It is because of this dynamic that the Jewish soul remains intact. A colleague of mine at another university was lamenting that hardly any students were attending services on Rosh Hashanah. I asked, “Where were they” to which she replied, “They are in class, so we decided to set-up tables with apples and honey in the College dining area to help them welcome in the New Year.” I know many of you may disagree with this statement, but I don’t find anything wrong with that because these students took the time to take the apple and the honey and in their own way, they prayed. In that moment, they understood that it is a special time for our people. Abraham and Sarah and Aaron were alive within them.
It is true that many of our young people at Dartmouth likewise did not attend services on Rosh Hashanah. Those that did not, I believe, were engaged in important matters; work that they had committed much of their childhood and teen-age years to achieving. They feel compelled to work and as such they need our support, even if only to put out apples and honey.
I believe with all my heart and soul that their Jewish N’shama, their Jewish soul, remains intact, pure, and striving in many instances to give of themselves and ultimately to others in order to better the world. I believe in the fundamental goodness and promise of each and every one of you that, come what may, you are committed to living a Jewish life.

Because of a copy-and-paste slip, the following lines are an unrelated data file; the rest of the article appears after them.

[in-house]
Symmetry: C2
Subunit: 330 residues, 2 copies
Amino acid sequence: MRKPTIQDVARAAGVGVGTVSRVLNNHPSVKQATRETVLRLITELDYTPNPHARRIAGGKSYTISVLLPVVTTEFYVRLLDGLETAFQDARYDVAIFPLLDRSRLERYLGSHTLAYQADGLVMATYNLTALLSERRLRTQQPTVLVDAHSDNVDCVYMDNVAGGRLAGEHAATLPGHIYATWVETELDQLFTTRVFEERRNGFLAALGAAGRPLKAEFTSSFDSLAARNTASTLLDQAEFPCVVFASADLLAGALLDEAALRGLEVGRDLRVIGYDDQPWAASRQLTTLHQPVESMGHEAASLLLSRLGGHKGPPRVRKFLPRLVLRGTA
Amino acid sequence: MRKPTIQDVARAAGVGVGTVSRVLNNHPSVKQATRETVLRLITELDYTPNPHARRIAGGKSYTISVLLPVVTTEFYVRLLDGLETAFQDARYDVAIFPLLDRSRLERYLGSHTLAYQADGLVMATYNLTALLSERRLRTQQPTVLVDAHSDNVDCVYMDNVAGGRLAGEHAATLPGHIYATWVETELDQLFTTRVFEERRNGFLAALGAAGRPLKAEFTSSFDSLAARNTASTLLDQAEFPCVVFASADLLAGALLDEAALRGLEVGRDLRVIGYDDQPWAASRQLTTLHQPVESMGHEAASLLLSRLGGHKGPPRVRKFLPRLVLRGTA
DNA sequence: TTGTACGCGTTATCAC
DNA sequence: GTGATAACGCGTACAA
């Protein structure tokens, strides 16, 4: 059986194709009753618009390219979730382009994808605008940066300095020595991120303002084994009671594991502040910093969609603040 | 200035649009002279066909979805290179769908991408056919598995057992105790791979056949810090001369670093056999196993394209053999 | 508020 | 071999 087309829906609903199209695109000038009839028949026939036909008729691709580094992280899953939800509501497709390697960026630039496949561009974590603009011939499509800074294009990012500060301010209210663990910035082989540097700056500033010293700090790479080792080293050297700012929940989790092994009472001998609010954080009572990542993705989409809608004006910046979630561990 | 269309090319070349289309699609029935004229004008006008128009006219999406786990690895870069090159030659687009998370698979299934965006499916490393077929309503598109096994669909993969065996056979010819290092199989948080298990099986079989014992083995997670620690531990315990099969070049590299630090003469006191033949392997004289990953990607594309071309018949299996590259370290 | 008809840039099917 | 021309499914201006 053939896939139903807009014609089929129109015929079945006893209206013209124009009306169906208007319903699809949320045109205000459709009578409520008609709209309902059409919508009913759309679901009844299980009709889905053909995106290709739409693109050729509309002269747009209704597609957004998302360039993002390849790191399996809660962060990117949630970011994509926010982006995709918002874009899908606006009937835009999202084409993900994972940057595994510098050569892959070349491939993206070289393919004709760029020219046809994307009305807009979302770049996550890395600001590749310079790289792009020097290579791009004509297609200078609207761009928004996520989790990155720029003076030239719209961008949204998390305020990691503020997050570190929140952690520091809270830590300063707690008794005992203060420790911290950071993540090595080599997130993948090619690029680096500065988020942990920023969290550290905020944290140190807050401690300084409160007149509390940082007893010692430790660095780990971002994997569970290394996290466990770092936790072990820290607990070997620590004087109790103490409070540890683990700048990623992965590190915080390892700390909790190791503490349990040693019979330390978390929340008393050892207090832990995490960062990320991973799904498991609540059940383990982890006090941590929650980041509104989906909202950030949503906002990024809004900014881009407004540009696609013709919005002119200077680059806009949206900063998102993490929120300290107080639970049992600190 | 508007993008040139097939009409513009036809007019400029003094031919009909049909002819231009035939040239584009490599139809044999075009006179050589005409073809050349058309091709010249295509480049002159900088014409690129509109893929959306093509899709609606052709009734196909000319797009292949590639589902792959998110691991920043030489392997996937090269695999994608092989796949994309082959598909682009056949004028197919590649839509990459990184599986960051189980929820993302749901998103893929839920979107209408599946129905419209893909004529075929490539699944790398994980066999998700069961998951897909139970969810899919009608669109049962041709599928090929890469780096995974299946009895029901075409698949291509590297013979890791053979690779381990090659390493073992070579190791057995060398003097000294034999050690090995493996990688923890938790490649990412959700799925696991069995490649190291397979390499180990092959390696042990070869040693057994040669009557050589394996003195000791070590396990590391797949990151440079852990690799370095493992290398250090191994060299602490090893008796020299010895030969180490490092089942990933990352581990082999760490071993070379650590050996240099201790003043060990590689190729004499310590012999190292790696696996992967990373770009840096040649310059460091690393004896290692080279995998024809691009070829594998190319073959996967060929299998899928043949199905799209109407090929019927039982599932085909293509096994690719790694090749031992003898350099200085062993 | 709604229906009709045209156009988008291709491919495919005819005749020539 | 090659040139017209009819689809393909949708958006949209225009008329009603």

I believe in our children who attend our religious school and their parents. I have said this many times after having been to the emptiness of Eastern Europe where our Dartmouth students, many of them not hear, the unsung heroes who restore and repair the past. The task of both parents and children to live Jewishly in the United States may be far more difficult than our ancestors who kept Torah and our people alive for generations because there was no other way in which to live. But you, all of you, could live differently. Yet, here you are tonight, on Kol Nidre in prayer.
Many of you, the parents, did not have the good fortune that I had to attend Hebrew school four days a week (2 hours per day), Sunday School for 2 hours, and then weekly Shabbat morning services for 3.5 hours. True, only in retrospect do I see the truth of this. But I also had the privilege of being a Baal Koreh, a chanter of the Torah for 22 years and a teacher of a confirmation program for 15, before attending Hebrew Union College for 9 years where I received the finest education imaginable. It is easy for me. I have had a lifetime benefit of a Jewish education and experiences. I am giving back but a fraction of what was given to me.
Your journeys, I assure you, were and are every bit as Jewish as mine. And to those of you who are here who are not Jewish, but are here with your children, or your husband, wife, or partner – in any case – the one that you most love and cherish in this world, or just here to pray, you are the new bookends of our Torah that continues to be written. You are tonight in the tradition of Abraham and Sarah and Aaron. This is why Rabbi Akivah, who sacrificed his life in order to teach Torah in public, held that the day itself, without anything else, atones. He knew his audience. He knew the purity of the Jewish soul.